tion, using six little girls from the
Christian church C. E. society of this
city, Olive and Nina Hollowell, Le
ona Hudson, Florence Connors, Ha
zel McBride and Ona Graves, which
was very effective. She was assisted
by Miss Esther Tritsch. Miss Niei
has also been treasurer of the dis
trict for the past year and one of
the effective workers of the society.
Also on Saturday afternoon a con
test was held between the Nebraska
City Presbyterian Intermediate En
deavor and the Plattsmouth Presby
terian society on "Expert Endeavor,"
a study of Christian Endeavor his
tory and methods. This contest was
played like baseball, questions being
"Ditched" instead of the baseball.
The Plattsmouth team was compos
ed of Rudolph Iyerson, pitcher; Ar
line Gil more, catcher, and Helen
Wurl. Viola Archer and' "Miriam
Tritsch as the remainder of the team.
Gertrude L. Morgan acted as "coach"
and the final score was a tie, 6 to 6.
The Rev. L. R. Patton of Nebras
ka City presided over the meetings
as district president, ine speaKers
outside of the district were: M. D.
Hidbeem. state field secretary; Dr.
J. M. Wilson, president of Omaha
theological seminary, and Harold D.
Ramsburg of Somersworth, N. J., a
former field secretary of Nebraska.
One of the most exciting ball con
tests held in these parts was staged
in the Rock Bluffs locality when the
-wmara camera ana ine resiaeniers
along the river clashed in a nine in
ning uaiue. i lie iviynaru ieuiu came
prepared to put up a worthy struggle
with the farmer boys from the old
town and the result up to the fifth
inning stood 2 to 2 with both pitch-
. . . .
frs working nicely, but after that
inning the Mynard team lost their
control and the Rock Bluffers romped
away with the game by a score of 8
to 2.
The Bushwhackers were represent
ed on the mount by Claude Hutchi
son while Vern Hutchison did the re
ceiving and for the Mynard team
Russell Reed and Rummerfield form
ed the battery.
There was a large crowd present
and the audience were treated to an
exciting five round boxing match as
a part of the price of admission, and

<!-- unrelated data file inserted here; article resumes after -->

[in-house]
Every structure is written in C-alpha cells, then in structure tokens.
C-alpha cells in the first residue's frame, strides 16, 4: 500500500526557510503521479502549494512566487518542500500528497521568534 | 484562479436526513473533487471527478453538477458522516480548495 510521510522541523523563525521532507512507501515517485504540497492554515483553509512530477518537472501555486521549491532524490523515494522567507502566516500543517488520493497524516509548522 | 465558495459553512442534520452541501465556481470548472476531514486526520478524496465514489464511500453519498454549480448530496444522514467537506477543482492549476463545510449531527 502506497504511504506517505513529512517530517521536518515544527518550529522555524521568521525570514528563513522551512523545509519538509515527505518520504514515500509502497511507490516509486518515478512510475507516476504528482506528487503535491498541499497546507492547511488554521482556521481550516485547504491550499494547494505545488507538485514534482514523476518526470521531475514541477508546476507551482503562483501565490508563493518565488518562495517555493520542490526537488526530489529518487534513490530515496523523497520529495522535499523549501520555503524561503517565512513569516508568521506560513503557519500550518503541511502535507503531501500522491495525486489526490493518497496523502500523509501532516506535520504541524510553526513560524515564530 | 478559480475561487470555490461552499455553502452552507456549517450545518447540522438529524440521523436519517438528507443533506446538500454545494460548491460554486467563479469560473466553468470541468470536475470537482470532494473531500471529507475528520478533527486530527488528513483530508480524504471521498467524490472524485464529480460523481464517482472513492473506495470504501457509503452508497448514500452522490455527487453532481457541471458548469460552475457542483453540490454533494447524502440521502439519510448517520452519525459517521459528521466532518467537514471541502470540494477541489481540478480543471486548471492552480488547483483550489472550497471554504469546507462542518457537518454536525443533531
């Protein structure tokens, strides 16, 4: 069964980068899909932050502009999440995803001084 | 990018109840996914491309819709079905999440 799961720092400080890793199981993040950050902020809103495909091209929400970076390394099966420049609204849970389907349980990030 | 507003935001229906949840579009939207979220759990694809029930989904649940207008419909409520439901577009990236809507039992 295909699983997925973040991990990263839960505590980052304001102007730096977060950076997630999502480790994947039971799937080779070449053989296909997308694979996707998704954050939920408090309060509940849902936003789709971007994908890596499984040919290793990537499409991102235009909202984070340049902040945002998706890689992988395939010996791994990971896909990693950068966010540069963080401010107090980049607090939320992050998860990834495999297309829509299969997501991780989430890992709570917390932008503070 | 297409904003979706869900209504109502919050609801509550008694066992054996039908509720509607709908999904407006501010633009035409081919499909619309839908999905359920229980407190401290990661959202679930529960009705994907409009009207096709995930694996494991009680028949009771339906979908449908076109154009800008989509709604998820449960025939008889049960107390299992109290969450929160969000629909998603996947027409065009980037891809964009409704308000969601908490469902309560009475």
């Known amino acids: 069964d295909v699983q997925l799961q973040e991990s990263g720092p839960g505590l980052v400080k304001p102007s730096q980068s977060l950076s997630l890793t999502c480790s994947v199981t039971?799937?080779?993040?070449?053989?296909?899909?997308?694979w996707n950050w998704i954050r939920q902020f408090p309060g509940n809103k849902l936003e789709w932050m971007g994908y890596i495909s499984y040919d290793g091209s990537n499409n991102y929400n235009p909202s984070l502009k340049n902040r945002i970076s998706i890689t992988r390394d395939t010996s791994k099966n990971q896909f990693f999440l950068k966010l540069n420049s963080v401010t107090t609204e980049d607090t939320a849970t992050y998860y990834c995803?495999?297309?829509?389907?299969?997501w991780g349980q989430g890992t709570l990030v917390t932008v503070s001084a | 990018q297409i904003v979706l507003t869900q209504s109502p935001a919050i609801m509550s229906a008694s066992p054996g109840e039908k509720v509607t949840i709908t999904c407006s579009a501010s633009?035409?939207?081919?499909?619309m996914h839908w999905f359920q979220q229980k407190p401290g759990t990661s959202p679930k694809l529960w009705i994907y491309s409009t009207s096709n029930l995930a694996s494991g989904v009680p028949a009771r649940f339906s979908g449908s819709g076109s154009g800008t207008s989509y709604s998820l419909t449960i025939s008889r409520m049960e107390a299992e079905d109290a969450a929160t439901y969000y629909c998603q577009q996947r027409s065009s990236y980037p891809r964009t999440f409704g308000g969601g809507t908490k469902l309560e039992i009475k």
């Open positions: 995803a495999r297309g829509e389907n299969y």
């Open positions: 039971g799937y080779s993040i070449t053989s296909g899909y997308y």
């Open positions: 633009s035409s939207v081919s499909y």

which was declared a draw by popu
lar judgment of the crowd.
d fnLt n Aw VI
v. V A Pnht.nn tmctn
O. K. garage building, the court
handed down his decision giving the
Bank of Nehawka first lien, F. E.
Bodie, second lien; the First Nation
al bank, third lien,' and the other
attaching creditors the fourth lien
on the premises. The building was
ordered sold to satisfy the claims.
The case of Ola Co IT man vs. Bis
mark L. Coffman, the court ordered
kuvui a ivv. j a. lug
ine aecree oi aivorce set aside as
the parties have reconciled their dif
ferences and decided to resume their
former relation of husband and wife.
The mandate of the state supreme
court in the case of John F. Morris
vs. the Mo. Pac. R. R. Co., was re
ceived and placed on record at the
request of the plaintiff. The state
gave the plaintiff judgment in the
sum of $8,000 and the costs in the
In the matter of the case of Julia
Stull, et al, neglected children, the
court overruled the motion for a new
trial and also heard a motion to re-
tax the costs in the case, sustaining
the ' motion as tO H
H. Antles and
his assistant but overruling the ma
parties in the case.
Blank Books at the Journal Office.)
: Program Given Saturday Afternoon
at Public Library is One that
is Very Much Enjoyed.
Saturday afternoon the Church
School Service League of St. Luke's
church held their exhibition of the
work done by the pupils as well as
a very interesting and delightful
program at the public library audi
torium. The young people formed
their processional from the library
room and marched down to the audi
torium, where the rector, Rev. Father
W. S. Leete and the members of the
faculty of the schurch school league
were seated on the platform.
The procession was headed by the
American flag and the Church School
Service League banner and made a
very inspiring sight as the little
folks filed in and greeted their rec
tor and the teachers. The opening
prayer and hymn was given and
then the active program of the af
ternoon started.
Jane Dunbar gave a pleasing piano
number and little Miss Florence
Schutz a recitation while Ruth Smith
one of the gifted members of the
school offered a vocal number that
was much enjoyed. Another recita
tion was that of Irene Converse and
which was much enjoyed. The re
ports of the fields of service of the
Church School Service League em
bracing the parish, county, diocease,
nation, and the world, were given
by six of the children of the school
in a very pleasing and interesting
manner and which covered thorough
ly the various lines of activities of
the school work. Betty McCarthy
also favored the audience with a
vocal number that closed the child
ren's portion of the program.
Miss Alice Fry, of Omaha, presi
dent of the Church School Service
League, was introduced by Father
Leete and spoke briefly of the work
of the schools over the diocease of
Nebraska, and invited the young
people and the teachers of the school
here to be at the state meeting to
be held in Omaha on Saturday.
Miss Louise Rich, secretary of the
Chureh School 'Service League spoke
on "the "Value -of -the Christian Nur
ture Series," which is being used in
the church school work with the
greatest of success. Mrs. W. S. Leete
also spoke to the children, pointing
out the heed of constant church at
tendance In the work of the church.
The children had exhibitions of
their work placed around the room